You can follow the curve of the infield.
Go straight down and back in foul territory, following the line, parallel, and then follow the curve of the infield, starting at the infield and go out.
Once in a while, I'll follow the fence and go in, but then the curve of the fence isn't always the same as the curve of the infield, so once you get closer to the stands, you end up with patchwork mowing right on the edge of the infield.
I try to keep the patchwork stuff in the corners out by the corners of the outfield.
Another thing is to start a home plate, and line up with the pitchers mound.
Then pick a spot as far out on the horizon as you can, and head straight for that. This will give you a starting point for having lines that are going to go straight out from the center of the stands.
You can mow one side of the field, then have to come back and mow the other side.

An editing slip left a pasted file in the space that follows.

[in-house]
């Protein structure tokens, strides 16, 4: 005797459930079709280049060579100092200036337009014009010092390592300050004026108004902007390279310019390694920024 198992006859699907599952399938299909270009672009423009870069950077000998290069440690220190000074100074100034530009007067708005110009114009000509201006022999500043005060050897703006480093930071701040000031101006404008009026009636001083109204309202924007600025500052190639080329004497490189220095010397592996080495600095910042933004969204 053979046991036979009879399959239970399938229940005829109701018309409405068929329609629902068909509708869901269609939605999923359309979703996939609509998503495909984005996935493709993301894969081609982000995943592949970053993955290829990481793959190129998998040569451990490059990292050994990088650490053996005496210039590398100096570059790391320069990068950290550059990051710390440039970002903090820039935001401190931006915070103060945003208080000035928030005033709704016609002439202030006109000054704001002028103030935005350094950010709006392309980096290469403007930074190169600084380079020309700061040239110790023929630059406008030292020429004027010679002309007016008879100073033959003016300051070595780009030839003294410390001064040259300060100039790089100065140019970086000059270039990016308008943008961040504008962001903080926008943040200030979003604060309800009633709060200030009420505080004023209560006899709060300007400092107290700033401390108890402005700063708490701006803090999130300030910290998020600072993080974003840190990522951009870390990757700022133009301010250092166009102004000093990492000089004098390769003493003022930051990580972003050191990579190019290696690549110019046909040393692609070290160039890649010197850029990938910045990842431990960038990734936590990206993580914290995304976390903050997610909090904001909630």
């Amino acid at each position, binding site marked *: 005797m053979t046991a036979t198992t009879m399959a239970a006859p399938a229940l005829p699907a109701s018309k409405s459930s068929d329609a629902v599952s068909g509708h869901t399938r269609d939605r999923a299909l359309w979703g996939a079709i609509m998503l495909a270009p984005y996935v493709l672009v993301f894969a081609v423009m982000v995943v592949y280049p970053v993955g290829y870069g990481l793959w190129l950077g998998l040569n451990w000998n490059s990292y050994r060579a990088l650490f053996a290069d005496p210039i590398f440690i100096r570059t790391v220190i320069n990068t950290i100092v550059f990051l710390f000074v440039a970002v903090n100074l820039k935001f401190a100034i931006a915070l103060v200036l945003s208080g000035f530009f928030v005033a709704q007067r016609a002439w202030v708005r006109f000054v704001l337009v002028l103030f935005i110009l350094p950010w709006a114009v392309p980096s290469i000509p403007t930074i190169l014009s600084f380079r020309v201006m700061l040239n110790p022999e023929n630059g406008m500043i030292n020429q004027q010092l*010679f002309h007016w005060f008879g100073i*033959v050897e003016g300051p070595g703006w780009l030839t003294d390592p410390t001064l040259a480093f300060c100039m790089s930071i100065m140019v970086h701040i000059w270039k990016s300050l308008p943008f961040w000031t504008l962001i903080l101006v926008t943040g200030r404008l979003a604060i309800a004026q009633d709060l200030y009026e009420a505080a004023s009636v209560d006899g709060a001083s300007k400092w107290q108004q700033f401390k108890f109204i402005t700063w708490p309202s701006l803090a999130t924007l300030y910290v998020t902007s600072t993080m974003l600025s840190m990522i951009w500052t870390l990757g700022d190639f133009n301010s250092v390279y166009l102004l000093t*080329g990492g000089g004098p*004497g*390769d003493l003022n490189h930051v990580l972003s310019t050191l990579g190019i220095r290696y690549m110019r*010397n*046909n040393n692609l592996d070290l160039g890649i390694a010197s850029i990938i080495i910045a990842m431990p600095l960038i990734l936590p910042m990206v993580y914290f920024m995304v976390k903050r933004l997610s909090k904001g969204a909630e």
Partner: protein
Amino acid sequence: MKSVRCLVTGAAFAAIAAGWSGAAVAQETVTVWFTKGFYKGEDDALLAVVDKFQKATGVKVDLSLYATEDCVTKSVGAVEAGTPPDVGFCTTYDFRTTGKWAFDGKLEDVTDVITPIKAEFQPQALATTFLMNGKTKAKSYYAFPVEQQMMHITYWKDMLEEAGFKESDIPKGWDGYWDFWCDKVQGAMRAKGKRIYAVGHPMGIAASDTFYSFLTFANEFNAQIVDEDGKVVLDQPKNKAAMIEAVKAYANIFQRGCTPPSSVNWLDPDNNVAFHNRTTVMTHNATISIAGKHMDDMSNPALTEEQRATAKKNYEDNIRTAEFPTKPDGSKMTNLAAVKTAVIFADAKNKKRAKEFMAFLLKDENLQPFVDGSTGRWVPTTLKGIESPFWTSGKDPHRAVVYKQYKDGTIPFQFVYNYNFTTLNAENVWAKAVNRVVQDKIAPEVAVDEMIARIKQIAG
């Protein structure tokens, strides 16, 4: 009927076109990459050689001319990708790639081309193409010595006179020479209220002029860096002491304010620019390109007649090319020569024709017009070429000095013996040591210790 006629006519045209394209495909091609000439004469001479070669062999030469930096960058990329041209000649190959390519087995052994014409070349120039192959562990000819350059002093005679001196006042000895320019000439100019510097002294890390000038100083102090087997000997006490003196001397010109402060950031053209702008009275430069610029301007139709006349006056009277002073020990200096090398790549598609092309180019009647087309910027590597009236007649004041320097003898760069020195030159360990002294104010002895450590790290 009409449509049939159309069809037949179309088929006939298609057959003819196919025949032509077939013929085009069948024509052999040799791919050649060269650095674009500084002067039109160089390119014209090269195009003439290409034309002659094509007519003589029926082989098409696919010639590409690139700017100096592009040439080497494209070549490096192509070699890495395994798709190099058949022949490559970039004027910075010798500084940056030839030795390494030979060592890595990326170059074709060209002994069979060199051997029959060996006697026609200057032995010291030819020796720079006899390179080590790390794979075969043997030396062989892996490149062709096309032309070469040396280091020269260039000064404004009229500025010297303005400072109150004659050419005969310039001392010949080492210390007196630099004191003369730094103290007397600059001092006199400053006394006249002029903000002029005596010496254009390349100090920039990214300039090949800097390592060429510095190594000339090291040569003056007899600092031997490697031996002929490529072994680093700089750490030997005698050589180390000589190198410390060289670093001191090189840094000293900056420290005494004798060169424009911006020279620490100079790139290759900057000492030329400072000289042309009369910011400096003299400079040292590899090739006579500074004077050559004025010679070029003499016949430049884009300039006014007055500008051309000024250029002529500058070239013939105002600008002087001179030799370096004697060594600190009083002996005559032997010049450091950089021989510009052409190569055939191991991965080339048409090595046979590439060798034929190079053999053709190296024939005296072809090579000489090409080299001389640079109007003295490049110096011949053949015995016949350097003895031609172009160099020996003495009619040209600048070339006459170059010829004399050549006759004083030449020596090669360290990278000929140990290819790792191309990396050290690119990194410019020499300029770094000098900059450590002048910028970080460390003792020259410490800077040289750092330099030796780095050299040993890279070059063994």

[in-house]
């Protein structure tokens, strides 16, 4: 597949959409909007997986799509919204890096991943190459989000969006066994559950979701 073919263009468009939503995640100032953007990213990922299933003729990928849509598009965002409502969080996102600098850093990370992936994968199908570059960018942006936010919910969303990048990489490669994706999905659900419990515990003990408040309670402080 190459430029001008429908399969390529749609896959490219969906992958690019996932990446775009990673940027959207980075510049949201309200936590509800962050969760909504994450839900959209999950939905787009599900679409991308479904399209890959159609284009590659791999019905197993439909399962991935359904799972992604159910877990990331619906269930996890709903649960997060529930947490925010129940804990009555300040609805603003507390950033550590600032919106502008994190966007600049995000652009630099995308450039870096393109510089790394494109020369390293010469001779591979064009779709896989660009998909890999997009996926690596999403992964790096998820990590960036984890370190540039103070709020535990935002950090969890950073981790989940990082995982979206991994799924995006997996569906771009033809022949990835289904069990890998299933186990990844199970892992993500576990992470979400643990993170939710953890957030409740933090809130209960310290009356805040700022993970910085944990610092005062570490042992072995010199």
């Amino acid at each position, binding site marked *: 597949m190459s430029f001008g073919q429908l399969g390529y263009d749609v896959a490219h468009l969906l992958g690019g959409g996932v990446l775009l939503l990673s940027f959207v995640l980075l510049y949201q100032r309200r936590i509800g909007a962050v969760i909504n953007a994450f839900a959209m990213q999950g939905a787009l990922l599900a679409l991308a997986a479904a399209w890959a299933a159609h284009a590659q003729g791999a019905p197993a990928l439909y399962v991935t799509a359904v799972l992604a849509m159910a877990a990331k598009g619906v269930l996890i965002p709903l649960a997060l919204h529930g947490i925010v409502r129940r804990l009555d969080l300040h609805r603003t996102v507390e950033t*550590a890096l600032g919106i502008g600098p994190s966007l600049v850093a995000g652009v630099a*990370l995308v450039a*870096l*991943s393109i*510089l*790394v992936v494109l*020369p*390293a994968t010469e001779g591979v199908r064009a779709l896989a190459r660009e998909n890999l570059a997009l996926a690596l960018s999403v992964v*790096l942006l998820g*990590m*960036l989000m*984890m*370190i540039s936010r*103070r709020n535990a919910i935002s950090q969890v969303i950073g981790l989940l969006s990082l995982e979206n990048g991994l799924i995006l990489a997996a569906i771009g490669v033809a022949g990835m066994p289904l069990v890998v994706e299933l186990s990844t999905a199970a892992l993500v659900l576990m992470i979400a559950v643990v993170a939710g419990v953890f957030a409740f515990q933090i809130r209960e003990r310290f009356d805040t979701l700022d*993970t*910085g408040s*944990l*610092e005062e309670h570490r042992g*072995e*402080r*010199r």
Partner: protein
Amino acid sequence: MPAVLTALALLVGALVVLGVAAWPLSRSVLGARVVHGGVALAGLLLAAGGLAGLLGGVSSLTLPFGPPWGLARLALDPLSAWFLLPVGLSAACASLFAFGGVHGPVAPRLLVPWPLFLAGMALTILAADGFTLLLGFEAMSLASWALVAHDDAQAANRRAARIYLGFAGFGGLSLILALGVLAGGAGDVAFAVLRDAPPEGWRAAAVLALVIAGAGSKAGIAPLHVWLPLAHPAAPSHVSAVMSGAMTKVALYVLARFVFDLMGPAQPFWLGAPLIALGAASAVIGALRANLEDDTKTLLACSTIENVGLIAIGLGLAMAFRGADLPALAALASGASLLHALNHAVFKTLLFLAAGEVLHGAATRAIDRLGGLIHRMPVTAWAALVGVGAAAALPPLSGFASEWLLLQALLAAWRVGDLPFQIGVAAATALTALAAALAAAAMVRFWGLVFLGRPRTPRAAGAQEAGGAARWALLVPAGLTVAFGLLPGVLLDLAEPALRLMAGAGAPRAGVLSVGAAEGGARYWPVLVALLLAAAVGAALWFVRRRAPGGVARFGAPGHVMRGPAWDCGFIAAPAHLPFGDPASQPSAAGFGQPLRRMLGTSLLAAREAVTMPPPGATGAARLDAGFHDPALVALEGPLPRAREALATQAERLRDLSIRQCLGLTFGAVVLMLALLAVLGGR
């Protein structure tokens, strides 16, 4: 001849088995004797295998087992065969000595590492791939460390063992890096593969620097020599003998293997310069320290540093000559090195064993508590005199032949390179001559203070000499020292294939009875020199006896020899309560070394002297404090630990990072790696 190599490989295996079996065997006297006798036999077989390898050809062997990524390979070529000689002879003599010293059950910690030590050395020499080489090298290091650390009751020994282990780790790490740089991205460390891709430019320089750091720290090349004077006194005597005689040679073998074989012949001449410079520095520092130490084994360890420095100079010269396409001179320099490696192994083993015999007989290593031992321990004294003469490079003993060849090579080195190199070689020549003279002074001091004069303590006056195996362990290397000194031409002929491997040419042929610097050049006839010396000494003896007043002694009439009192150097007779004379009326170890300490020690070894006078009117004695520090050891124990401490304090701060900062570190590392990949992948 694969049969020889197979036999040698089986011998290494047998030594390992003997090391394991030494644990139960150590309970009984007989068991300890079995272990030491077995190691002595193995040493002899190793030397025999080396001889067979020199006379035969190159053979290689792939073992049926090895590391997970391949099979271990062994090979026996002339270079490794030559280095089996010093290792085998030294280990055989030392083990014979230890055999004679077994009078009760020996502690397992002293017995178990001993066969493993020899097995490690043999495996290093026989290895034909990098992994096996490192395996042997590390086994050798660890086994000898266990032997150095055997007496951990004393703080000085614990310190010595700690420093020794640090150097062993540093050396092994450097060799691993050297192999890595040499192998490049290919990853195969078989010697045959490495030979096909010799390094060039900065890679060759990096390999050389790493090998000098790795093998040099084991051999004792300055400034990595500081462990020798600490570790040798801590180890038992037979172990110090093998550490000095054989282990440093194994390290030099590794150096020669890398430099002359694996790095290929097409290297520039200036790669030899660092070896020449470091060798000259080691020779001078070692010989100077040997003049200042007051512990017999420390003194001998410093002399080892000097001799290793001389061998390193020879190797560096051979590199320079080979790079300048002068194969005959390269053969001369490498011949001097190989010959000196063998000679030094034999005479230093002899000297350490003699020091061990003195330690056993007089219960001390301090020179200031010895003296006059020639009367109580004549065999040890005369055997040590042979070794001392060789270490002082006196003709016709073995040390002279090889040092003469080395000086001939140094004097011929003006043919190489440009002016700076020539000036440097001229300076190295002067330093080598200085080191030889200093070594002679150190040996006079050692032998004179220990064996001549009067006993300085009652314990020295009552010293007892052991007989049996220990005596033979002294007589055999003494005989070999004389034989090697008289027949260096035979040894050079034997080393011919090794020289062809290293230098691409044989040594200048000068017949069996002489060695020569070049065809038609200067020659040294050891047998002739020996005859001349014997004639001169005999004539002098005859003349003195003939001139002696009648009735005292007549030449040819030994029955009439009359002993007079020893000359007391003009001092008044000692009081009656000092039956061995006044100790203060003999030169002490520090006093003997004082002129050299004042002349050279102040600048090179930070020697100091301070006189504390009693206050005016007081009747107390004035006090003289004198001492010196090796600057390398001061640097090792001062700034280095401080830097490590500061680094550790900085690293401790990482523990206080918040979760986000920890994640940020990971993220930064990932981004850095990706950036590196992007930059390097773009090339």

This one is a little tricky, since the team isn't going to want you to drive straight over the pitchers mound with the mower either, so you'll have to set up, drive to the mound, go around the mound, and then set up again.
If you've got someone with you, or something to stand on home plate, you could also start out in centerfield and come in, but you can't see home plate from there, so you'll need something higher than ground level.
The problem with the designs that you see on MLB, is that they've got more specialized equipment than we do, in order to make any profit at what we're doing.
I'm not about to go out an roll a star in the middle of the field like what was at the All-Star game a couple of years ago.
Plus, most likely, you're not going to have the quality of turf to work with either.
Give thanks, for all that He has given.